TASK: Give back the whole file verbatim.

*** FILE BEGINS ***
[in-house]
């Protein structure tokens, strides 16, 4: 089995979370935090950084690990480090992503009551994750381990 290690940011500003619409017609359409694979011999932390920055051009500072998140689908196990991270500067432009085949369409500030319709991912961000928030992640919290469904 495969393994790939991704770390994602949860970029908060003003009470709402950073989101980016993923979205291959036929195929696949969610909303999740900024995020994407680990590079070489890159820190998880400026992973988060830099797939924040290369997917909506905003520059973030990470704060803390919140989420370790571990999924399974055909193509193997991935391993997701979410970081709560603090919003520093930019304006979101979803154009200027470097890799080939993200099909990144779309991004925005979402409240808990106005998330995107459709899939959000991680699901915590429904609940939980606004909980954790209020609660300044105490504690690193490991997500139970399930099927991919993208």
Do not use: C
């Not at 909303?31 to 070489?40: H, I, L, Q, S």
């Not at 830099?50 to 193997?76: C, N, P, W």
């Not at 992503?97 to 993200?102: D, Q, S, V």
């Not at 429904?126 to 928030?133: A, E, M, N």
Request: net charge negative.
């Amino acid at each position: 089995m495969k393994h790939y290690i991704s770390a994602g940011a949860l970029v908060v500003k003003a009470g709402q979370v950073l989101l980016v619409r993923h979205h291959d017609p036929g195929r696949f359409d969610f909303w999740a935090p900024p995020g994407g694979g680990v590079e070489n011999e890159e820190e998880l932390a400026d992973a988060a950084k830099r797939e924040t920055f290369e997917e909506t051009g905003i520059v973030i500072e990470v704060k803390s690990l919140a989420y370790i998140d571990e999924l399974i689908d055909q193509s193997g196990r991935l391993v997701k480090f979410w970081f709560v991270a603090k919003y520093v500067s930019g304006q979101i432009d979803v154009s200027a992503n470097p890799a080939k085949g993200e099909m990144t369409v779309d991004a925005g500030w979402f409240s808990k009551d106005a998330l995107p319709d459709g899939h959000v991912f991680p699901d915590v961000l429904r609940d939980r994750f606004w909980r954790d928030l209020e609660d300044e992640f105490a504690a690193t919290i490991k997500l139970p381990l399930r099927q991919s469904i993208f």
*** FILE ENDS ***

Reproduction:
[in-house]
């Protein structure tokens, strides 16, 4: 089995979370935090950084690990480090992503009551994750381990 290690940011500003619409017609359409694979011999932390920055051009500072998140689908196990991270500067432009085949369409500030319709991912961000928030992640919290469904 495969393994790939991704770390994602949860970029908060003003009470709402950073989101980016993923979205291959036929195929696949969610909303999740900024995020994407680990590079070489890159820190998880400026992973988060830099797939924040290369997917909506905003520059973030990470704060803390919140989420370790571990999924399974055909193509193997991935391993997701979410970081709560603090919003520093930019304006979101979803154009200027470097890799080939993200099909990144779309991004925005979402409240808990106005998330995107459709899939959000991680699901915590429904609940939980606004909980954790209020609660300044105490504690690193490991997500139970399930099927991919993208």
Do not use: C
């Not at 909303?31 to 070489?40: H, I, L, Q, S």
């Not at 830099?50 to 193997?76: C, N, P, W």
């Not at 992503?97 to 993200?102: D, Q, S, V």
């Not at 429904?126 to 928030?133: A, E, M, N």
Request: net charge negative.
């Amino acid at each position: 089995m495969k393994h790939y290690i991704s770390a994602g940011a949860l970029v908060v500003k003003a009470g709402q979370v950073l989101l980016v619409r993923h979205h291959d017609p036929g195929r696949f359409d969610f909303w999740a935090p900024p995020g994407g694979g680990v590079e070489n011999e890159e820190e998880l932390a400026d992973a988060a950084k830099r797939e924040t920055f290369e997917e909506t051009g905003i520059v973030i500072e990470v704060k803390s690990l919140a989420y370790i998140d571990e999924l399974i689908d055909q193509s193997g196990r991935l391993v997701k480090f979410w970081f709560v991270a603090k919003y520093v500067s930019g304006q979101i432009d979803v154009s200027a992503n470097p890799a080939k085949g993200e099909m990144t369409v779309d991004a925005g500030w979402f409240s808990k009551d106005a998330l995107p319709d459709g899939h959000v991912f991680p699901d915590v961000l429904r609940d939980r994750f606004w909980r954790d928030l209020e609660d300044e992640f105490a504690a690193t919290i490991k997500l139970p381990l399930r099927q991919s469904i993208f």